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Sermons about Isaac
God will test your faith. For example in Genesis 22 1-14, we see how God tested Abraham. You may ask how are we tested. He gives us challenges (James 1:2-3), commands (Exodus 16:4), Responsibility (Luke 16:11), Conflicts (Luke 17:3-5), Confusion (Hebrews 11:17-19), and College (through teaching us). God tests us to show us that He provides to show us who we are and to show others whose we are.
Israel’s Rejection of the Gospel ● Paul’s Heart for his fellow Israelites: as an Apostle to the Gentiles (vs1-3) ● The Favored Status of Israel: in God’s plan of salvation history (vs4-5) --> Embrace an Intercessor’s Heart: and be well-versed in the OT Scriptures God’s Faithfulness and the Gospel ● The Word of God has Not Failed! – The true children of God are the children of the promise (vs6-9) ● God’s Purpose in Election Prevails! – by His powerful call and because of His covenantal love (vs10-13) --> Trust in God thru Faith in Christ: and humbly worship the faithful covenant-keeping God who has saved us!
In our second sermon on Genesis 25:19-34 we look at the recorded history from the perspective of what the interactions within Isaac and Rebekah's family means about them and God's family: the Church. While Malachi 1 and Romans 9 reveal that God chose to have mercy on Jacob and did not choose to have such mercy on Esau for salvation, such mercy worked itself out in a particular way in the historical details of Isaac, Rebekah, Jacob and Esau's lives. Their lives reveal that apart from God's sovereign mercy and grace there is no difference between those who are God's redeemed covenant people and those who are not. In addition, their lives reveal that to the degree that God's redeemed covenant people do not obey God they merely assist those outside the Church in sinning against God. It all reveals the profound humility and gratitude the Christian should have towards God.
Genesis 25:19 begins a new section in Genesis. This last main section in Genesis 25 expands on the story of Abraham and hints at what is to come. But how we interpret the events that are told about Jacob and Esau is central to all of what constitutes biblical Christianity, as the apostle Paul helps us understand in Romans 9. Paul's quote in Romans 9:13 of Malachi 1:2-3 regarding Jacob and Esau, after he quoted Genesis 25:23 reveals to us how we ought to understand the relationship Genesis 25:23 to verses 24 to 34. It reveals Yahweh as the sovereign Lord of history; the one who creates, sustains, controls, interprets, and judges all the events of human history. It is these truths that are abundantly revealed throughout Scripture and indeed all history, and we are aided in understanding these truths by the prophet Isaiah, whom the apostle Paul also relied as he wrote his letter to the Romans.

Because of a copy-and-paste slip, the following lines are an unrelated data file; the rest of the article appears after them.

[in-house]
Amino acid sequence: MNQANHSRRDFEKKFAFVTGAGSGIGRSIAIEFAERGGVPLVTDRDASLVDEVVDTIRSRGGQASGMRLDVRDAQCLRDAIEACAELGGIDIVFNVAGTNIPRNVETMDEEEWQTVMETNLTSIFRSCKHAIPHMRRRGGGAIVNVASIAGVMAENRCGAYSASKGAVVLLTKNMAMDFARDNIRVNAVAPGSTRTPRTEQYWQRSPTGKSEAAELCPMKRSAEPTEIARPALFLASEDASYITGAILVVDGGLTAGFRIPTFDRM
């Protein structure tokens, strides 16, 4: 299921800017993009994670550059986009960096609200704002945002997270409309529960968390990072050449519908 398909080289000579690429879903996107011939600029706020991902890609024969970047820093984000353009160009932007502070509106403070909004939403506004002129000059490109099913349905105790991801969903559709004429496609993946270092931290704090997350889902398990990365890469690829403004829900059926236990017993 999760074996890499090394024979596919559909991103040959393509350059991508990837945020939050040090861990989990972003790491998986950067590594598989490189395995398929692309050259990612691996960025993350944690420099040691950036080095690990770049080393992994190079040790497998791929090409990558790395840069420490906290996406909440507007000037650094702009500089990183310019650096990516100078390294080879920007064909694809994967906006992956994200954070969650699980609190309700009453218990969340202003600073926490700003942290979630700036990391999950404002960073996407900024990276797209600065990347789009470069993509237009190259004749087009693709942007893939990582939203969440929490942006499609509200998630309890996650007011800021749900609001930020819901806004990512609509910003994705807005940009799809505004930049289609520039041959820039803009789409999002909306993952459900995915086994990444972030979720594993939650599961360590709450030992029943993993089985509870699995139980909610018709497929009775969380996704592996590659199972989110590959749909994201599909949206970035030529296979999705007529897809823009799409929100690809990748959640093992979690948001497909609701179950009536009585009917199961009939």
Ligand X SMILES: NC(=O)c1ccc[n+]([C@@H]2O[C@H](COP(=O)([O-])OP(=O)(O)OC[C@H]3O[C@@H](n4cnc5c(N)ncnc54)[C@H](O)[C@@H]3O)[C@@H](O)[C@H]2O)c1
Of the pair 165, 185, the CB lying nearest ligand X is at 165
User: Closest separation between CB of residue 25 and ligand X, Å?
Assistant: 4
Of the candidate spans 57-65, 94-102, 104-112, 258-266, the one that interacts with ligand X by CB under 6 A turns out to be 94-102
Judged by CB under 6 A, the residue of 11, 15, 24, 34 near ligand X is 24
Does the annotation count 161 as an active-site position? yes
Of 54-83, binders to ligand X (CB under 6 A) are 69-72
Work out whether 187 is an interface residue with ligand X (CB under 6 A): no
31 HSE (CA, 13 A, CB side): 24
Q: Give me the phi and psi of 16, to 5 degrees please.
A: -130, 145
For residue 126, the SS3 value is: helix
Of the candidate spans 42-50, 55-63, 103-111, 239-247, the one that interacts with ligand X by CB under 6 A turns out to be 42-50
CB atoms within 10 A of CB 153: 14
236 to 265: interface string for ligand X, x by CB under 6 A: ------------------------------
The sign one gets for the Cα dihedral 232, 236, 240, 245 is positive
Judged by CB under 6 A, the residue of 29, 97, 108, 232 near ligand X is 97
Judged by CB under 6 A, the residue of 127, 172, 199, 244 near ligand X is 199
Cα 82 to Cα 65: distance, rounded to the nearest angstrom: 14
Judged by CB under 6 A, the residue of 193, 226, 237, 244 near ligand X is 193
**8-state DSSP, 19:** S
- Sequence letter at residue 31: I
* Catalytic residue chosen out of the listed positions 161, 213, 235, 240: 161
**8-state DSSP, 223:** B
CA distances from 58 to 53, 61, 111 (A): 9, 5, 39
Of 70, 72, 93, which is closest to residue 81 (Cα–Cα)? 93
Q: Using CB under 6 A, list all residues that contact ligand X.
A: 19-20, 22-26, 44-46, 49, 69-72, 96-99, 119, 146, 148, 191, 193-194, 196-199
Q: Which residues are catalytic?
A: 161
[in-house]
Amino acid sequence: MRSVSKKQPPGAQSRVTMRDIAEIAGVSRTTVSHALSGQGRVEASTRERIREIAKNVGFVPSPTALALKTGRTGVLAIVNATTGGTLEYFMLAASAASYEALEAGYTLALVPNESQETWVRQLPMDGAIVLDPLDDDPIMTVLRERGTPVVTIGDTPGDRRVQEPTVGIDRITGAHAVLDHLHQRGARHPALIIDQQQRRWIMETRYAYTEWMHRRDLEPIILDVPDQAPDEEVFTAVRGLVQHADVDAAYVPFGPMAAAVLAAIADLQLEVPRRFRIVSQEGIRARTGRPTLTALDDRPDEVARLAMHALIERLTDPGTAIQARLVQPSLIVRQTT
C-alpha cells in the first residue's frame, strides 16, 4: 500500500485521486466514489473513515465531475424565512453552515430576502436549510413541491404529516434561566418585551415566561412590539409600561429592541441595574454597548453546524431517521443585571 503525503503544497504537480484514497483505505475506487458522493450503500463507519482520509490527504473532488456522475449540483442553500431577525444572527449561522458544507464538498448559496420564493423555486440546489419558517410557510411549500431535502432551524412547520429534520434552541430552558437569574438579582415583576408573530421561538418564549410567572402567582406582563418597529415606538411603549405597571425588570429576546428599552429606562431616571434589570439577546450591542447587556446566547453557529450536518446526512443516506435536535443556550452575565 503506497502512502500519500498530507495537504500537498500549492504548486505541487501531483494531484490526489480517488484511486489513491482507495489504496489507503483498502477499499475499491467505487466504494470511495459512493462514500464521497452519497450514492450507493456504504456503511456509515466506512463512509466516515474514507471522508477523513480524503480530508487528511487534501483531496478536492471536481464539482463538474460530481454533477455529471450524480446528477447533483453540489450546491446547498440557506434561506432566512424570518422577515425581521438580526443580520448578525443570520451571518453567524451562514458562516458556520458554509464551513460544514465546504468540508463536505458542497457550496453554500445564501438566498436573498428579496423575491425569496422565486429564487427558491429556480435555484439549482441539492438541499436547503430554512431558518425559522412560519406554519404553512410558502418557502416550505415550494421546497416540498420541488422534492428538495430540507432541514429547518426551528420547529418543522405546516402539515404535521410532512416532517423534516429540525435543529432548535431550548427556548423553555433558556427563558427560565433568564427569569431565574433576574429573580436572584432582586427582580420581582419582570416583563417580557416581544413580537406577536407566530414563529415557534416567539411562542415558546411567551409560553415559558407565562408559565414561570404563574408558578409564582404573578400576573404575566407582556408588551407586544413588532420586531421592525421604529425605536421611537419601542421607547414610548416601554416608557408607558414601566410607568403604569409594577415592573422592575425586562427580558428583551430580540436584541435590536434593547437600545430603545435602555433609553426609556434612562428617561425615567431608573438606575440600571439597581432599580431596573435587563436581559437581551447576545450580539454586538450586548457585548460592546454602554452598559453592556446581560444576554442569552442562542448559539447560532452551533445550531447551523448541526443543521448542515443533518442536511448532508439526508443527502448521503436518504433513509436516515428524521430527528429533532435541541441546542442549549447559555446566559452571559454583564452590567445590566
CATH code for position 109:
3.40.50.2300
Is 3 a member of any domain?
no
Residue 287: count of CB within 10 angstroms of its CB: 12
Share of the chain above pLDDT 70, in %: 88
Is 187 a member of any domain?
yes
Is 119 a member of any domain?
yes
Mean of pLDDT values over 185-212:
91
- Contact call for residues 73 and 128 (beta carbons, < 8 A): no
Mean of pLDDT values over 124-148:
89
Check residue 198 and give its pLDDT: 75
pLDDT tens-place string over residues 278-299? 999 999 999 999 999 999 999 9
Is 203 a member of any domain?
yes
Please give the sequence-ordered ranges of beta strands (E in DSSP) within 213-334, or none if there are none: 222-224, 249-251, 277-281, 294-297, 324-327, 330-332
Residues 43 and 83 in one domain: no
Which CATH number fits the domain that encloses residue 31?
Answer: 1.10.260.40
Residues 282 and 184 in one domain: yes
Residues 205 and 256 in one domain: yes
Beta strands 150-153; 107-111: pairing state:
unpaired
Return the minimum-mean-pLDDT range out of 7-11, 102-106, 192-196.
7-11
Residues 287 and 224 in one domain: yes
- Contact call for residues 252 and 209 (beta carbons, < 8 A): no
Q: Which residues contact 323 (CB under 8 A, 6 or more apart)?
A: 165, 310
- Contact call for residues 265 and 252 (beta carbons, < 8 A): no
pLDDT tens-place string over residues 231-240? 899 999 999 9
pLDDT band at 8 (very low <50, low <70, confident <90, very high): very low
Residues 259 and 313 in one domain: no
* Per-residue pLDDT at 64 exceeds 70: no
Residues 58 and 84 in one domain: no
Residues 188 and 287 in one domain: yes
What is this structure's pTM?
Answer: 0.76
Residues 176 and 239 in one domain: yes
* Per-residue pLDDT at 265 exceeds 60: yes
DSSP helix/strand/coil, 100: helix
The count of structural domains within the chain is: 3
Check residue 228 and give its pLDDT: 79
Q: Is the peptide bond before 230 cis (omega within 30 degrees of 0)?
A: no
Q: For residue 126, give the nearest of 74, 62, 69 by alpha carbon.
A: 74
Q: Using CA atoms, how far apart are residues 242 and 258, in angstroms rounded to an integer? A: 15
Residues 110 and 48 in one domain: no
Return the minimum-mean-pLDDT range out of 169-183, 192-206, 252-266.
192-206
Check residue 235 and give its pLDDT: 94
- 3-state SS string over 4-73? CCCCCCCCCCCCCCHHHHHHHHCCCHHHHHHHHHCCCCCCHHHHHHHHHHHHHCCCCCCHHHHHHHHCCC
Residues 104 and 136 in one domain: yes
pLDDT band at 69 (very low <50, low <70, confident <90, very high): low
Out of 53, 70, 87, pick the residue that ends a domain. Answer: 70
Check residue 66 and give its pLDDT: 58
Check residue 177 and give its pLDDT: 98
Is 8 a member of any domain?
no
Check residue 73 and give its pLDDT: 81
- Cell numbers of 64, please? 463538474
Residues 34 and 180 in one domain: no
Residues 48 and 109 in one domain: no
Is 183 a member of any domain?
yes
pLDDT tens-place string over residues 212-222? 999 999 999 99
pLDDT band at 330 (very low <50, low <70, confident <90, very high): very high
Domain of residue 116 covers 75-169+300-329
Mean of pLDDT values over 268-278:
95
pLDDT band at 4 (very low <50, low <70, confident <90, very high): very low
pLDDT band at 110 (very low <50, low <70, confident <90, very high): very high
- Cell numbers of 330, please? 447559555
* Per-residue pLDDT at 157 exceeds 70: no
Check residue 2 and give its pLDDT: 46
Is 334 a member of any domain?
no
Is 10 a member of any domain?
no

God provides. But exactly how? and when? But don’t christians still die from disease and starvation? Did God not provide for them? An in-depth look at Abraham, who was asked to offer up his son Isaac, helps us understand more fully these questions. God provided a ram for Abraham, and Isaac’s life was spared. Will (and if so, how) will He provide for you in your critical needs?
As Christ followers there is the dimension of Christian witness to the world in the way we “do marriage.” The importance that we ascribe to chastity and marriage and faithfulness and how we respect and treat one another - as well as whether or not we invite God to be the third person in our marriages - is a witness to the world of how God relates to God’s people.
Why do you doubt? Only believe. God has provided the lamb for the sacrifice.
Abram left Ur of the Chaldees by faith on a promise of God. Have you left or should you be leaving an Ur of your own?
Reflecting on God's hand at work in the lives of biblical characters can give us some perspective on our own. Too often we worry ourselves to the point of sickness over choices we face. We imagine that choosing wrong can wreck everything--including God's will for our lives. While our choices certainly are important and have real consequences, we need not worry about thwarting God's overall plan for our lives. It won't happen. Gen 15:1-5; 12-21; Gen 25; Gen 27; Gen 29; Gen 30; Gen 34; Gen 35; Gen 36; Prov 16:9; 2Pet 2:4-9
Robert uses Luke 17 to show how Jesus describes faiths power. The fuel of our powerful faith is sacrifice. In Genesis 12 and 22, we see God blessing Abraham's life and and asking for sacrifices to the point of even sacrificing his long awaited son. But of course God is always faithful. When He provides the offering of the ram in Isaac's stead, we see His love is the source of our faith. Robert reminds us to remember God's faithfulness, by praying continually and giving thanks in all circumstances.